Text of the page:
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Each episode of Apple TV+’s Dickinson, which stars Hailee Steinfeld as a young Emily Dickinson in the period-set comedy that takes contemporary creative license, is titled after one of the beloved poet’s lines of verse. Naturally, the legacy of the celebrated writer’s work can be seen in nearly every frame of the series, now in its third and final season. And while objects from Dickinson’s life directly influenced showrunner Alena Smith to create the genre-bending show, so did cultural artifacts from the Victorian era and the 20th century. Here, Smith shares with THR five items — from Dickinson’s physical belongings to one of the most acclaimed television shows of the new millennium — that inspired the look and feel of her joyous, witty and at times sensual portrait of the artist as a young woman.
The Emily Dickinson Museum
The Emily Dickinson Museum in Amherst, Massachusetts, was the home in which the poet lived her entire life. As such, it’s a very special location for Dickinson obsessives. “I first visited the museum in the summer of 2015,” says Smith. “I’d been interested in Dickinson for so long and it felt like visiting a sacred spot. It’s a magical experience to be in the place where she actually lived.” The house acted as a model for the yellow Dickinson homestead featured in the show, as did its neighboring house, where Emily’s brother, Austin, lived with his family, for the Evergreens.
“We had a really special relationship with the museum,” says Smith, noting that the show’s production designer had access to the original 19th century blueprints and built replicas of the interiors on the soundstage in Astoria, Queens. “We were literally re-creating her house like a dollhouse, but decorating it in a much more wild way than the museum looks.” Smith adds that the museum’s executive director, Jane Wald, was a vital fact-checking resource throughout the show’s three seasons.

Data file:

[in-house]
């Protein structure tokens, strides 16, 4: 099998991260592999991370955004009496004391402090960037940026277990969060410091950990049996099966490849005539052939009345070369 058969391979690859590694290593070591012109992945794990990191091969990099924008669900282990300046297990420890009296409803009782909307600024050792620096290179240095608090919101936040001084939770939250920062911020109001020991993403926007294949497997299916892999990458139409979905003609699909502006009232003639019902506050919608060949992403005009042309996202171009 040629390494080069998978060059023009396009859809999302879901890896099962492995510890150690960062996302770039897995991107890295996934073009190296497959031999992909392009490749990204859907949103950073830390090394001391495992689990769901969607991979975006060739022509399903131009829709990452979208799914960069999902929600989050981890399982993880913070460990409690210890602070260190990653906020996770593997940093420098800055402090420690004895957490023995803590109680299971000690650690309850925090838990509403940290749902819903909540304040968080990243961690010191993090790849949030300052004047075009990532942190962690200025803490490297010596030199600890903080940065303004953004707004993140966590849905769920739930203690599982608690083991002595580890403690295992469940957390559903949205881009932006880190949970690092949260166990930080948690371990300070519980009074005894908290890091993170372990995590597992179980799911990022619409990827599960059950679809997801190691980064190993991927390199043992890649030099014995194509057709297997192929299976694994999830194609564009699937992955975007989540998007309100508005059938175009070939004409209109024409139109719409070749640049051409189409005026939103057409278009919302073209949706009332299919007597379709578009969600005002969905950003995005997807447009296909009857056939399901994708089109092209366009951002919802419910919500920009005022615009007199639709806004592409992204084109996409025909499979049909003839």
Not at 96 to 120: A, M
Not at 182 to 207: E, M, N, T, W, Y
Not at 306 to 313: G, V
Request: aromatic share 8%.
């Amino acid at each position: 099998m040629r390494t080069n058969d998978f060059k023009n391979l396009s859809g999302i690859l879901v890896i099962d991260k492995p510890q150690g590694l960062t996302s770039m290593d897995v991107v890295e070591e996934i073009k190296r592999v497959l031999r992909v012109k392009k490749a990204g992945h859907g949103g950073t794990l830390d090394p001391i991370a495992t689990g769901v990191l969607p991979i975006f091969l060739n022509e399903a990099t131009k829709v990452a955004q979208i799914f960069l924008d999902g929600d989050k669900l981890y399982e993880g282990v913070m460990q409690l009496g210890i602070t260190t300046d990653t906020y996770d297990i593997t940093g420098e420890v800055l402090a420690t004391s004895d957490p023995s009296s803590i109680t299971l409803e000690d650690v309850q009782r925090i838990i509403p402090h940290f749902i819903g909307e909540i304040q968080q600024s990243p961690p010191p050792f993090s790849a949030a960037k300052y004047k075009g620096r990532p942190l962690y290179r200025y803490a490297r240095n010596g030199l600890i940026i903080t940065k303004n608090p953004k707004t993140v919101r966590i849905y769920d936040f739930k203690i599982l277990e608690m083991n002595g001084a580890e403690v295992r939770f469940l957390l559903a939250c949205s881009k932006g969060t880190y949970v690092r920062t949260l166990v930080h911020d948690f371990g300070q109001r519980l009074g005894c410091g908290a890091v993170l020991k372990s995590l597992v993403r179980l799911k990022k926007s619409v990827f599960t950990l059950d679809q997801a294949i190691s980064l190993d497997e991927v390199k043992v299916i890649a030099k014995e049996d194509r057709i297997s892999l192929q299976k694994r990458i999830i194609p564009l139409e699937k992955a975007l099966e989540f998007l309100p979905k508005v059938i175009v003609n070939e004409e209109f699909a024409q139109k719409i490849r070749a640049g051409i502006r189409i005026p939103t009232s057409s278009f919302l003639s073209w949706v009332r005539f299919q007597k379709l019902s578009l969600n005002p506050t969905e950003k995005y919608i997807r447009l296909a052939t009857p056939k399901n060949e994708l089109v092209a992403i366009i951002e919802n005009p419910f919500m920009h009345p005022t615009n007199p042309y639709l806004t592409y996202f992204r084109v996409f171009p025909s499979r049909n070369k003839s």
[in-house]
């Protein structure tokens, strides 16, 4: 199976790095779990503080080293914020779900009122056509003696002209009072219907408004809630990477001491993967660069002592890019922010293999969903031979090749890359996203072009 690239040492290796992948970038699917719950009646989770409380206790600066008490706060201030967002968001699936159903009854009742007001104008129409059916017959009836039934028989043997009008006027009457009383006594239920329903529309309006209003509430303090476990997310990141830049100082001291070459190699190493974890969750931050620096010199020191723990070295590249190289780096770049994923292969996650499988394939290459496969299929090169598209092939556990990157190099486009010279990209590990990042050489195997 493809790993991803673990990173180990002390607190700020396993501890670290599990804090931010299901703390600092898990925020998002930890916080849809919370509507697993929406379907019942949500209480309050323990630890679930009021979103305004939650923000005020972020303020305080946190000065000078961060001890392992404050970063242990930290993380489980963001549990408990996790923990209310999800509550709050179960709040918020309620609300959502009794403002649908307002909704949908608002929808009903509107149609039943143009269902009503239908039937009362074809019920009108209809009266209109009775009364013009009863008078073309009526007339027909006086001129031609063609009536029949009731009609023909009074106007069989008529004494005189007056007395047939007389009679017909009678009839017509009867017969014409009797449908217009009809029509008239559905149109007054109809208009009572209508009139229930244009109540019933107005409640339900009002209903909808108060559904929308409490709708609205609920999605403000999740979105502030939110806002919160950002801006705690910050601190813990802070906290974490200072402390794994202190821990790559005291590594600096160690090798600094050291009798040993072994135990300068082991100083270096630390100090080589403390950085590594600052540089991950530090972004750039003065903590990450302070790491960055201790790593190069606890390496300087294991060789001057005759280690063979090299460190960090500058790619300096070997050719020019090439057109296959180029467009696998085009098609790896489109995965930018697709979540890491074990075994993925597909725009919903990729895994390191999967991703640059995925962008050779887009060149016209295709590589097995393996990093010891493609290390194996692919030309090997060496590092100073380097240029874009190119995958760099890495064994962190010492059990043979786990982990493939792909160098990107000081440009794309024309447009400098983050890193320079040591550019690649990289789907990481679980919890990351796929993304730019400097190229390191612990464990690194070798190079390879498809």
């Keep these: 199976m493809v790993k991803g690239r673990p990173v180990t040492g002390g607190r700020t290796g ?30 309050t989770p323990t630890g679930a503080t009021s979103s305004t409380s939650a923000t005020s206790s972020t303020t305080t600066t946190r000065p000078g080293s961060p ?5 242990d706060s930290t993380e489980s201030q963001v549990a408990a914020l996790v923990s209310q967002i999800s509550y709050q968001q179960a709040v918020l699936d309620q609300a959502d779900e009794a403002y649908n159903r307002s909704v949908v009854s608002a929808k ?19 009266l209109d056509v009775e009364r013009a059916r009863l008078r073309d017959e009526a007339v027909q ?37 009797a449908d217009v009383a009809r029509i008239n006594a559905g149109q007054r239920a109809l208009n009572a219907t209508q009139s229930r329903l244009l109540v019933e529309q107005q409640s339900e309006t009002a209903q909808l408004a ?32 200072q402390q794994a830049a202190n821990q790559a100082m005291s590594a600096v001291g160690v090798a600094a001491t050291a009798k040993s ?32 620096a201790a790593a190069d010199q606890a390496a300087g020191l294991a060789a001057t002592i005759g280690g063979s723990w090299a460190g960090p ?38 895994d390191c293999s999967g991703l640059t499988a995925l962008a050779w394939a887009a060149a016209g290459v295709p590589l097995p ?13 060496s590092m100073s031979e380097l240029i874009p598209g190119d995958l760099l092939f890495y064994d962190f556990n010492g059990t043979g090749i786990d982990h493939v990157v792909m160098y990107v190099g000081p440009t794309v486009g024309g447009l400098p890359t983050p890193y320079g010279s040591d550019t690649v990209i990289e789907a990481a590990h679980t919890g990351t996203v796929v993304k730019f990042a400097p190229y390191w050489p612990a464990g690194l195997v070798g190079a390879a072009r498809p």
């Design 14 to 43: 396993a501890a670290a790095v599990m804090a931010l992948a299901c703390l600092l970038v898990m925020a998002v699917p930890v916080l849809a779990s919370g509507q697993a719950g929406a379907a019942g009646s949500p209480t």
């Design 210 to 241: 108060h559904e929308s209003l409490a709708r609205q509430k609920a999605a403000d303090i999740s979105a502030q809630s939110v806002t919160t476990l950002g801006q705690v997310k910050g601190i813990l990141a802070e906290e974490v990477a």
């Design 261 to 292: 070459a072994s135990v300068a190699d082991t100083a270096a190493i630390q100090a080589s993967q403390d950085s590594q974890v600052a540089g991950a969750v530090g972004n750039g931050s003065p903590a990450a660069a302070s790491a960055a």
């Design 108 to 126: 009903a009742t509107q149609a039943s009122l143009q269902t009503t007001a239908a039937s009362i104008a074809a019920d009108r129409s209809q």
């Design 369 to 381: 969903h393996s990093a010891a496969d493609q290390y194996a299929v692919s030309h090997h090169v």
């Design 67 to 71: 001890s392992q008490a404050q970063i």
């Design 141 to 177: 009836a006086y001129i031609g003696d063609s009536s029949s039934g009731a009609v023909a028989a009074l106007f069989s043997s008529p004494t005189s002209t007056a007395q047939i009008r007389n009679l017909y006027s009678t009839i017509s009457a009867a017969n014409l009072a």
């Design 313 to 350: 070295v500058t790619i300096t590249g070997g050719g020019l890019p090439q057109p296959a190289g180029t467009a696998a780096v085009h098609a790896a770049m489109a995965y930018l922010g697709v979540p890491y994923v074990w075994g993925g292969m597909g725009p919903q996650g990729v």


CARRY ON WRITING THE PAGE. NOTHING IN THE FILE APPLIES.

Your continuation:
Smith counts Vera Chytilová’s 1966 film — which follows two mischievous young women, both named Marie, and is a landmark of the Czech New Wave — as one of her favorites. “It’s feminine and disruptive at the same time,” she says of the film, which sees the two Maries staging pranks and rebelling against the social norms in the Czechoslovak Socialist Republic at that time.
While Smith used Daisies as an aesthetic reference throughout the series, it was particularly influential in the season two finale, in which Emily and Sue (Ella Hunt), her sister-in-law, consummate their mutual desire in an “epic love-making scene where they go all over the house and make a huge mess in every room, have cake on the table and rose petals in the bath.” (A moment that didn’t make it into the final edit had Emily and Sue cutting up newspapers with scissors just like Daisies’ Maries.) “I had everyone from Silas Howard, who was directing, to Hailee and Ella Hunt and our production designers look at Daisies as visual inspiration for how I wanted that montage to play out.”
Victorian Photo Collage